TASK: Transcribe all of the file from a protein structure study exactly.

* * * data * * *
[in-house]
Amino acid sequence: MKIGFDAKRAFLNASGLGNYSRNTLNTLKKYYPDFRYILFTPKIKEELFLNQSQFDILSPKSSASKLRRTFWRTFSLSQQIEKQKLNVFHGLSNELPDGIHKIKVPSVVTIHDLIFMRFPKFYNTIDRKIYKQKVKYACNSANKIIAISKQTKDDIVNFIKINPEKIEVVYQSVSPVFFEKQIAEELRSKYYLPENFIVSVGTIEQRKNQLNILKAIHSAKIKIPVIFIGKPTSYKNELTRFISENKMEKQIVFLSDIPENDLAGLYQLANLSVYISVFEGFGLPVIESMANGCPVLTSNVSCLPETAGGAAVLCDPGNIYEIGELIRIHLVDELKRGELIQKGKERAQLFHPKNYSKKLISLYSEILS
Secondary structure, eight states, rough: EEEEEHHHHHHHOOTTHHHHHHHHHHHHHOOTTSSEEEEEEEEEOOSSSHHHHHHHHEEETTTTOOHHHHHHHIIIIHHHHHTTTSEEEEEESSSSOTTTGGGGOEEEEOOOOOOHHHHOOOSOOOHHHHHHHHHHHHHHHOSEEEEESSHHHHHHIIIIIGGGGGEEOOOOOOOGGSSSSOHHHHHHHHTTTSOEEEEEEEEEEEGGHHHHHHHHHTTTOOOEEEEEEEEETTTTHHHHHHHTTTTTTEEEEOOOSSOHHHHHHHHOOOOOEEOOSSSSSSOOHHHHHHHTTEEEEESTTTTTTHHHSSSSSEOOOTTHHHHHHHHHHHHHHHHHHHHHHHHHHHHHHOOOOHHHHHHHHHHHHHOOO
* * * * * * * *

[in-house]
Amino acid sequence: MKIGFDAKRAFLNASGLGNYSRNTLNTLKKYYPDFRYILFTPKIKEELFLNQSQFDILSPKSSASKLRRTFWRTFSLSQQIEKQKLNVFHGLSNELPDGIHKIKVPSVVTIHDLIFMRFPKFYNTIDRKIYKQKVKYACNSANKIIAISKQTKDDIVNFIKINPEKIEVVYQSVSPVFFEKQIAEELRSKYYLPENFIVSVGTIEQRKNQLNILKAIHSAKIKIPVIFIGKPTSYKNELTRFISENKMEKQIVFLSDIPENDLAGLYQLANLSVYISVFEGFGLPVIESMANGCPVLTSNVSCLPETAGGAAVLCDPGNIYEIGELIRIHLVDELKRGELIQKGKERAQLFHPKNYSKKLISLYSEILS
Secondary structure, eight states, rough: EEEEEHHHHHHHOOTTHHHHHHHHHHHHHOOTTSSEEEEEEEEEOOSSSHHHHHHHHEEETTTTOOHHHHHHHIIIIHHHHHTTTSEEEEEESSSSOTTTGGGGOEEEEOOOOOOHHHHOOOSOOOHHHHHHHHHHHHHHHOSEEEEESSHHHHHHIIIIIGGGGGEEOOOOOOOGGSSSSOHHHHHHHHTTTSOEEEEEEEEEEEGGHHHHHHHHHTTTOOOEEEEEEEEETTTTHHHHHHHTTTTTTEEEEOOOSSOHHHHHHHHOOOOOEEOOSSSSSSOOHHHHHHHTTEEEEESTTTTTTHHHSSSSSEOOOTTHHHHHHHHHHHHHHHHHHHHHHHHHHHHHHOOOOHHHHHHHHHHHHHOOO